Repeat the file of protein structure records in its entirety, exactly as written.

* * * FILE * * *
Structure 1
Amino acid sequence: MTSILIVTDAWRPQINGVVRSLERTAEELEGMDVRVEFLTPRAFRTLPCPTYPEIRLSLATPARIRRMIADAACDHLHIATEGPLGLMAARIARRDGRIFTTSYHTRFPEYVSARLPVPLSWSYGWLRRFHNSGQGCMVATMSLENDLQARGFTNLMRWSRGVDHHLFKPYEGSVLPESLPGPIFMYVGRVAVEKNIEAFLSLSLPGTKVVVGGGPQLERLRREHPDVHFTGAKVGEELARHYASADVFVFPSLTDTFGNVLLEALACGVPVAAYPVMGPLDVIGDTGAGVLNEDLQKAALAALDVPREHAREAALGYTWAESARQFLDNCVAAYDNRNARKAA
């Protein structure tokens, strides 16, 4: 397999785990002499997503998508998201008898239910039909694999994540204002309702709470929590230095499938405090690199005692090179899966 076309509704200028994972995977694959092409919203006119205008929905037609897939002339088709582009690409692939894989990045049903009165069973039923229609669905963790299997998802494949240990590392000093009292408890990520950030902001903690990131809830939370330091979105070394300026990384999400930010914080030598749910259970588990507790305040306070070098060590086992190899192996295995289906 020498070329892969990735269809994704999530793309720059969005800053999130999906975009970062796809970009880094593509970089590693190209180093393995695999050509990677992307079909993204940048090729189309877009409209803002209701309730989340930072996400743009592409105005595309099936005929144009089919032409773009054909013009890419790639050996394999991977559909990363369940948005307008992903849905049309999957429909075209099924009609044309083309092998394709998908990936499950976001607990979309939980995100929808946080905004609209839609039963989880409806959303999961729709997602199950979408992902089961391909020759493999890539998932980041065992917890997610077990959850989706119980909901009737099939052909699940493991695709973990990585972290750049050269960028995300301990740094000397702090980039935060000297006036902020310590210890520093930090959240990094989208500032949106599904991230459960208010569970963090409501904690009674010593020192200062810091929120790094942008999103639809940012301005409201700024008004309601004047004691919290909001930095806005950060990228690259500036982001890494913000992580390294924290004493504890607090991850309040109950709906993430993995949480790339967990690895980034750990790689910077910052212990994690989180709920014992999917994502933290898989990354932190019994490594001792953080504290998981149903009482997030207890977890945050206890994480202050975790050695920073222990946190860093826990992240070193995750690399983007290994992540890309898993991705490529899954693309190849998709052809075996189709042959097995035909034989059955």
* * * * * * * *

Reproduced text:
Structure 1
Amino acid sequence: MTSILIVTDAWRPQINGVVRSLERTAEELEGMDVRVEFLTPRAFRTLPCPTYPEIRLSLATPARIRRMIADAACDHLHIATEGPLGLMAARIARRDGRIFTTSYHTRFPEYVSARLPVPLSWSYGWLRRFHNSGQGCMVATMSLENDLQARGFTNLMRWSRGVDHHLFKPYEGSVLPESLPGPIFMYVGRVAVEKNIEAFLSLSLPGTKVVVGGGPQLERLRREHPDVHFTGAKVGEELARHYASADVFVFPSLTDTFGNVLLEALACGVPVAAYPVMGPLDVIGDTGAGVLNEDLQKAALAALDVPREHAREAALGYTWAESARQFLDNCVAAYDNRNARKAA
């Protein structure tokens, strides 16, 4: 397999785990002499997503998508998201008898239910039909694999994540204002309702709470929590230095499938405090690199005692090179899966 076309509704200028994972995977694959092409919203006119205008929905037609897939002339088709582009690409692939894989990045049903009165069973039923229609669905963790299997998802494949240990590392000093009292408890990520950030902001903690990131809830939370330091979105070394300026990384999400930010914080030598749910259970588990507790305040306070070098060590086992190899192996295995289906 020498070329892969990735269809994704999530793309720059969005800053999130999906975009970062796809970009880094593509970089590693190209180093393995695999050509990677992307079909993204940048090729189309877009409209803002209701309730989340930072996400743009592409105005595309099936005929144009089919032409773009054909013009890419790639050996394999991977559909990363369940948005307008992903849905049309999957429909075209099924009609044309083309092998394709998908990936499950976001607990979309939980995100929808946080905004609209839609039963989880409806959303999961729709997602199950979408992902089961391909020759493999890539998932980041065992917890997610077990959850989706119980909901009737099939052909699940493991695709973990990585972290750049050269960028995300301990740094000397702090980039935060000297006036902020310590210890520093930090959240990094989208500032949106599904991230459960208010569970963090409501904690009674010593020192200062810091929120790094942008999103639809940012301005409201700024008004309601004047004691919290909001930095806005950060990228690259500036982001890494913000992580390294924290004493504890607090991850309040109950709906993430993995949480790339967990690895980034750990790689910077910052212990994690989180709920014992999917994502933290898989990354932190019994490594001792953080504290998981149903009482997030207890977890945050206890994480202050975790050695920073222990946190860093826990992240070193995750690399983007290994992540890309898993991705490529899954693309190849998709052809075996189709042959097995035909034989059955």